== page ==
Australian mining giant BHP has thrown its support behind a large emerging nickel project in Tanzania as the world’s biggest resources companies seek greater exposure to minerals poised to benefit from the transition from fossil fuels to cleaner energy.
Melbourne-based BHP has struck a deal to invest $US100 million ($130 million) in the Kabanga Nickel project, regarded as the world’s largest development-ready nickel sulphite deposit, which is scheduled to begin first production in 2025.
Top Australian miner BHP is seeking to lift its exposure to battery minerals like nickel as the electric vehicle revolution takes off.Credit:PHOTO/HO/WMC/FILES
Nickel is one of the key raw materials in lithium-ion batteries needed to power the growing global fleet of electric vehicles (EVs). Nickel and other minerals including lithium, copper, graphite and cobalt are urgently required to roll out more EVs but are failing to keep pace with ballooning demand as carmakers worldwide from Tesla to Volkswagen scurry to lock in reliable long-term supplies.
Although EV sales today are dwarfed by sales of combustion-engine vehicles, EV uptake has been building strongly in the US, Europe and China and carmakers everywhere are expanding their electric offerings. Governments across the globe are setting deadlines to phase out combustion-engine cars and unleashing stimulus packages targeting transport electrification.
Investors are now betting EVs will account for 40 per cent of new vehicle sales by 2030. BHP expects demand for nickel to quadruple by then.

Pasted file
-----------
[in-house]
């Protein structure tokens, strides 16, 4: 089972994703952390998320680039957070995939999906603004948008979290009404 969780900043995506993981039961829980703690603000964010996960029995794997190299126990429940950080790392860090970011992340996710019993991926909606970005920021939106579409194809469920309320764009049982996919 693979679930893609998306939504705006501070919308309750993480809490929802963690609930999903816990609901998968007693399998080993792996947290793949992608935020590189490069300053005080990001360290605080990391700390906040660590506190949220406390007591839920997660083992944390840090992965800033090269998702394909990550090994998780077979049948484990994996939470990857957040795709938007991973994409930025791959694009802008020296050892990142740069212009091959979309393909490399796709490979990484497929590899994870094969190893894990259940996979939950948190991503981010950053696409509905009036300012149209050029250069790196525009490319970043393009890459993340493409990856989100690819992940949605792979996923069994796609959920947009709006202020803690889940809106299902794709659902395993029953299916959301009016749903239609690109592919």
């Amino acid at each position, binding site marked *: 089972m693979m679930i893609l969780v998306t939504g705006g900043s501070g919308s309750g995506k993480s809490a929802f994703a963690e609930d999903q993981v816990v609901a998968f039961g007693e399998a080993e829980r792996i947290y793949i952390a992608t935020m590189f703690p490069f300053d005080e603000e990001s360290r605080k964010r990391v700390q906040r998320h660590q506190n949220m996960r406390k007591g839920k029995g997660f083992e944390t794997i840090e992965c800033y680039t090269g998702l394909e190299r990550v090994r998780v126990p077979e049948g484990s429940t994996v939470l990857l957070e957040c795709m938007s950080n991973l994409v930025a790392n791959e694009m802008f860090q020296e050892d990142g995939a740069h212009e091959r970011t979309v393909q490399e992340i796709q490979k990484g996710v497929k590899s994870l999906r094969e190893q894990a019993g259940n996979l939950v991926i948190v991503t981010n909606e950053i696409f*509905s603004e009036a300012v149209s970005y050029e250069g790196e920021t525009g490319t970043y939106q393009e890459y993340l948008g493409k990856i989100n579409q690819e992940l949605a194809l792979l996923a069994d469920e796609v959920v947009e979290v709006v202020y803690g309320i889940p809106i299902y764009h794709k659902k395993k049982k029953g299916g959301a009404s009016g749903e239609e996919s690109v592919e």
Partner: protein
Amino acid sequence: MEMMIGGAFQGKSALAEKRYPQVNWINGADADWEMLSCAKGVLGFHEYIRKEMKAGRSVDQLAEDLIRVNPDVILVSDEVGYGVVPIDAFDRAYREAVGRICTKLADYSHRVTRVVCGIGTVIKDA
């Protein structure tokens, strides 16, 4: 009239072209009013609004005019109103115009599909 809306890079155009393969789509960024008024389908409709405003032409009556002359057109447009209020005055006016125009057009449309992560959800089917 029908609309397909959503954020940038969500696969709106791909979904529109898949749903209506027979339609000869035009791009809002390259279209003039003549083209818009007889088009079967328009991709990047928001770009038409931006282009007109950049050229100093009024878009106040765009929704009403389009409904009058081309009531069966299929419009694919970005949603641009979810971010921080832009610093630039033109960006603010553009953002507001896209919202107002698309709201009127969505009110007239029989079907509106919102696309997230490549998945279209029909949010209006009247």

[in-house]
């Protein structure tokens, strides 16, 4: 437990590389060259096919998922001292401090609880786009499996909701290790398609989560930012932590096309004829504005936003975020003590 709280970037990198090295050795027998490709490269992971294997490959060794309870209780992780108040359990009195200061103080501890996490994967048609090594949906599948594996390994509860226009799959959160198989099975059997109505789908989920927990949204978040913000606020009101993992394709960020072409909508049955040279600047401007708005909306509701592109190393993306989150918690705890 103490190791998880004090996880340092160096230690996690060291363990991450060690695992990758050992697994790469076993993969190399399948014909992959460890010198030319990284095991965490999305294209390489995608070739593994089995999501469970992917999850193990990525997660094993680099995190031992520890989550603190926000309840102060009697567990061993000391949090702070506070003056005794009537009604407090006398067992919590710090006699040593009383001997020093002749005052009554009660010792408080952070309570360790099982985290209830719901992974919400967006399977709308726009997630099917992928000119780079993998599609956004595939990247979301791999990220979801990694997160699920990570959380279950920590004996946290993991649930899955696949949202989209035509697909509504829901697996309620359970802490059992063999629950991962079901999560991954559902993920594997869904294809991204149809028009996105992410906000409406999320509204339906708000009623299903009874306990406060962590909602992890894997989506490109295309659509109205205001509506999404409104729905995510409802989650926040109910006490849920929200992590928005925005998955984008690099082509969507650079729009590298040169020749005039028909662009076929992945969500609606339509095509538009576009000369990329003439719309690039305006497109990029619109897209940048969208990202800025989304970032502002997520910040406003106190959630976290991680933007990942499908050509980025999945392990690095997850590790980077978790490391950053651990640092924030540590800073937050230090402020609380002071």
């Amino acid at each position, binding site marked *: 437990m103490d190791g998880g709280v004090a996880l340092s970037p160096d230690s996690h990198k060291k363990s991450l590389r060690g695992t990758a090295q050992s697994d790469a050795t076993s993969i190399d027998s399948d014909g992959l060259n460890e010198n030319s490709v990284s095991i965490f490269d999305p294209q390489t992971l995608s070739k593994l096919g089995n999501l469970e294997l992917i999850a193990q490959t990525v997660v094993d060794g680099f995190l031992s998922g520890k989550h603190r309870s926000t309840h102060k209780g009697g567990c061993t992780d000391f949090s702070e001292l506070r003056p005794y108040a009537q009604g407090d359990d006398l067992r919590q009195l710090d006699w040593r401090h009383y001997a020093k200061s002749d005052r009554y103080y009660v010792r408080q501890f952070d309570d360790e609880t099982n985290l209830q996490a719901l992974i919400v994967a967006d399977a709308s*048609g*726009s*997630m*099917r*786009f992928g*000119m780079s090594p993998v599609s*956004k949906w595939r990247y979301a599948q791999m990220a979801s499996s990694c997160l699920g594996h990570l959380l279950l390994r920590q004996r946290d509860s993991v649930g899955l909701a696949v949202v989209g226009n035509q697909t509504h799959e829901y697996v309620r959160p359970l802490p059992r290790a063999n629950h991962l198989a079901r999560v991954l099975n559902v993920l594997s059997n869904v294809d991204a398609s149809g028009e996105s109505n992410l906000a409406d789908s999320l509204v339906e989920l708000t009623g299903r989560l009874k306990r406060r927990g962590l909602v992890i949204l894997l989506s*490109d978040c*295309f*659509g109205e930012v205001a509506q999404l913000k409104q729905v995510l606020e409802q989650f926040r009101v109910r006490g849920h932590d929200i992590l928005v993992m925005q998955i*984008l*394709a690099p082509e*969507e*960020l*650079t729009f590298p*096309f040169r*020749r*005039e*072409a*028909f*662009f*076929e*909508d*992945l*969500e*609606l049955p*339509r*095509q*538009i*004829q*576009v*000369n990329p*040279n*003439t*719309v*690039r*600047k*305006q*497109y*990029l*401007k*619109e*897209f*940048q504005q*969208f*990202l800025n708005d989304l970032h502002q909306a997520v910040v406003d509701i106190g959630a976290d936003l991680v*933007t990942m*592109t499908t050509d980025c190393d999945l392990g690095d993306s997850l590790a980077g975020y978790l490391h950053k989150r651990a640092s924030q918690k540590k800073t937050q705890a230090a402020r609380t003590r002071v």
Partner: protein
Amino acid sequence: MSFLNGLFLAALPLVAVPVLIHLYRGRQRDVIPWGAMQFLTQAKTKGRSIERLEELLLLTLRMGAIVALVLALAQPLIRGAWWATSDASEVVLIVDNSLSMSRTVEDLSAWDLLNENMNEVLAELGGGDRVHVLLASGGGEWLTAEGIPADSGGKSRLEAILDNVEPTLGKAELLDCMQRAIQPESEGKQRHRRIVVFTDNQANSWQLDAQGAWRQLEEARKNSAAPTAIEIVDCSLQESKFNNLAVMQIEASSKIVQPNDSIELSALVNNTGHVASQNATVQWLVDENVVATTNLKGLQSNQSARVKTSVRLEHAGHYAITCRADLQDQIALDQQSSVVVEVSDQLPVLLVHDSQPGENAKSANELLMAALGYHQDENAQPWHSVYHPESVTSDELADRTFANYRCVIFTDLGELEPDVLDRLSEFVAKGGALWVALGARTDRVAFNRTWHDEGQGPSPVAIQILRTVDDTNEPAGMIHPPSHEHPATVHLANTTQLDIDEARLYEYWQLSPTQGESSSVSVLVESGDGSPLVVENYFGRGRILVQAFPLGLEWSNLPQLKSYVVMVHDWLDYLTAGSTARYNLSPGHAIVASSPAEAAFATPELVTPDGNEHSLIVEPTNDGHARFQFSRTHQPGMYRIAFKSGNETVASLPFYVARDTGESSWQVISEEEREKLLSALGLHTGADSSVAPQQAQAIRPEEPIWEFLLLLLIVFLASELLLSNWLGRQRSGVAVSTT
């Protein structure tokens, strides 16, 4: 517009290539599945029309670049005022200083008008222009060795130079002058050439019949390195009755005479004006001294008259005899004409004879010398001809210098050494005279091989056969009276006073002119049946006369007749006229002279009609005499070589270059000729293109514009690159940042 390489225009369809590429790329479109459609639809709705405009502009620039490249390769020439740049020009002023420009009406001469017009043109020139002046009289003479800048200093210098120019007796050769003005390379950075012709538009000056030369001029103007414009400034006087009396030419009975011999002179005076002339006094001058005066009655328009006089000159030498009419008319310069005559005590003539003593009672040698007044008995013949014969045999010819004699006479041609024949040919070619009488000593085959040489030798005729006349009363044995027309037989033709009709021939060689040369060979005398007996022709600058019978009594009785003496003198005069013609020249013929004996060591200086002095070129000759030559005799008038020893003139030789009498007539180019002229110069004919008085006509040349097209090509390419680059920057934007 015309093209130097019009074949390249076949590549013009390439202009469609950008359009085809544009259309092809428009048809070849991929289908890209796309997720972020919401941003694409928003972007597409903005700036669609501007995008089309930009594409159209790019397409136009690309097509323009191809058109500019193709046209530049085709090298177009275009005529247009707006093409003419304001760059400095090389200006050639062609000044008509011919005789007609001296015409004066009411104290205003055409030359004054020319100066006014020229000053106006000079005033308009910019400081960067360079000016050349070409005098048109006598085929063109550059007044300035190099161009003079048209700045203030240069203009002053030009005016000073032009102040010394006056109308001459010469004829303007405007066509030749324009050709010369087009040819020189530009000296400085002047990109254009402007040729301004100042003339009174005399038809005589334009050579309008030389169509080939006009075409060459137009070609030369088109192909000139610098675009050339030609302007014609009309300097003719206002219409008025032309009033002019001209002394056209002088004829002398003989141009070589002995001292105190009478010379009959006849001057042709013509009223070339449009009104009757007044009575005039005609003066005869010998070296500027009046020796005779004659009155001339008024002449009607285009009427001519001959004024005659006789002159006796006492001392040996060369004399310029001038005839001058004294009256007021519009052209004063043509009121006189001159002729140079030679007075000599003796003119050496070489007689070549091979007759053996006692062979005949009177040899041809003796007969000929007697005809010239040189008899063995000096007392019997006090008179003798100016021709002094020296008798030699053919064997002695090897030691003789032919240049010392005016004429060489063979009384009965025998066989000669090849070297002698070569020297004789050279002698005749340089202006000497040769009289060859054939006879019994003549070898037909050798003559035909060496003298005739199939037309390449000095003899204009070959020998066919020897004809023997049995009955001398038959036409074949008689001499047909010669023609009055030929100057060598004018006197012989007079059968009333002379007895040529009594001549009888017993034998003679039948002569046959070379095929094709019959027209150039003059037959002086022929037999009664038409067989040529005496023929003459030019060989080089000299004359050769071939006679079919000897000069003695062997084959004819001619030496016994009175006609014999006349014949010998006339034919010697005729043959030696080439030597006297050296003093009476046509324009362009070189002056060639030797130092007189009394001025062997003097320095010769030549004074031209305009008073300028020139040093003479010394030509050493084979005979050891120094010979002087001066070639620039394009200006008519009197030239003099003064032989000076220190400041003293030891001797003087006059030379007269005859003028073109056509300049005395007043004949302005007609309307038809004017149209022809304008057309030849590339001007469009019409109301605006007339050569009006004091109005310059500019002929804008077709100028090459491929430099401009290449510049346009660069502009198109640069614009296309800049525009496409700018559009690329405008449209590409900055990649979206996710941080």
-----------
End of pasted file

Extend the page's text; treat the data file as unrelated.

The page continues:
Under the BHP-Kabanga deal, the Australian mining heavyweight said it would invest $US40 million to accelerate the nickel mine’s development and a further $US10 million in the hydrometallurgy refining process. Subject to certain conditions, BHP has agreed to invest another $US50 million, which would take its stake to nearly 18 per cent.
“This investment secures access to a world-class nickel sulphide resource and is aligned with BHP’s strategy to capture opportunities in future-facing commodities,” a BHP spokesman said.
As shareholders and governments continue stepping up pressure on mining firms to reduce emissions in line with the Paris Agreement’s targets for averting catastrophic climate change, BHP’s deal is the latest sign of the world’s biggest miners pushing deeper into what the industry refers to as “future-facing commodities”. These include metals that will be increasingly required to power the clean-energy revolution and electrify transport, such as copper, nickel, lithium and cobalt.
Rio Tinto in December said it would buy a lithium mine in Argentina for $US825 million ($1.15 billion), and is seeking to develop the $US2.4 billion ($3.3 billion) Jadar lithium mine in western Serbia. Billionaire Andrew “Twiggy” Forrest, meanwhile, looks set to acquire Canadian nickel miner Noront Resources after BHP bowed out of a months-long bidding war for control of the company with its claim on promising reserves.
In a historic move last year, BHP agreed to sell its global oil and gas division to Perth-based Woodside Petroleum, partly to free up its ability to increase spending on copper and nickel.
It also struck deals with battery makers including Elon Musk’s Tesla, the world’s most valuable electric-car maker, to supply nickel from its Nickel West, smelting and refining operations in Western Australia.
Kabanga Nickel Limited, a private company based in the United Kingdom, said BHP’s investment highlighted the “world-class nature of the Kabanga deposit and its importance in helping meet the crucial decarbonisation challenge facing the world today”.
“BHP is the ideal partner for Kabanga Nickel, bringing significant advantages and expertise that will enable us to move ahead with the project,” Kabanga Nickel chief executive Chris Showalter said.
“Through development of Kabanga … Tanzania will have a growing role in the supply of the battery metals needed to move to a global low-carbon economy.”
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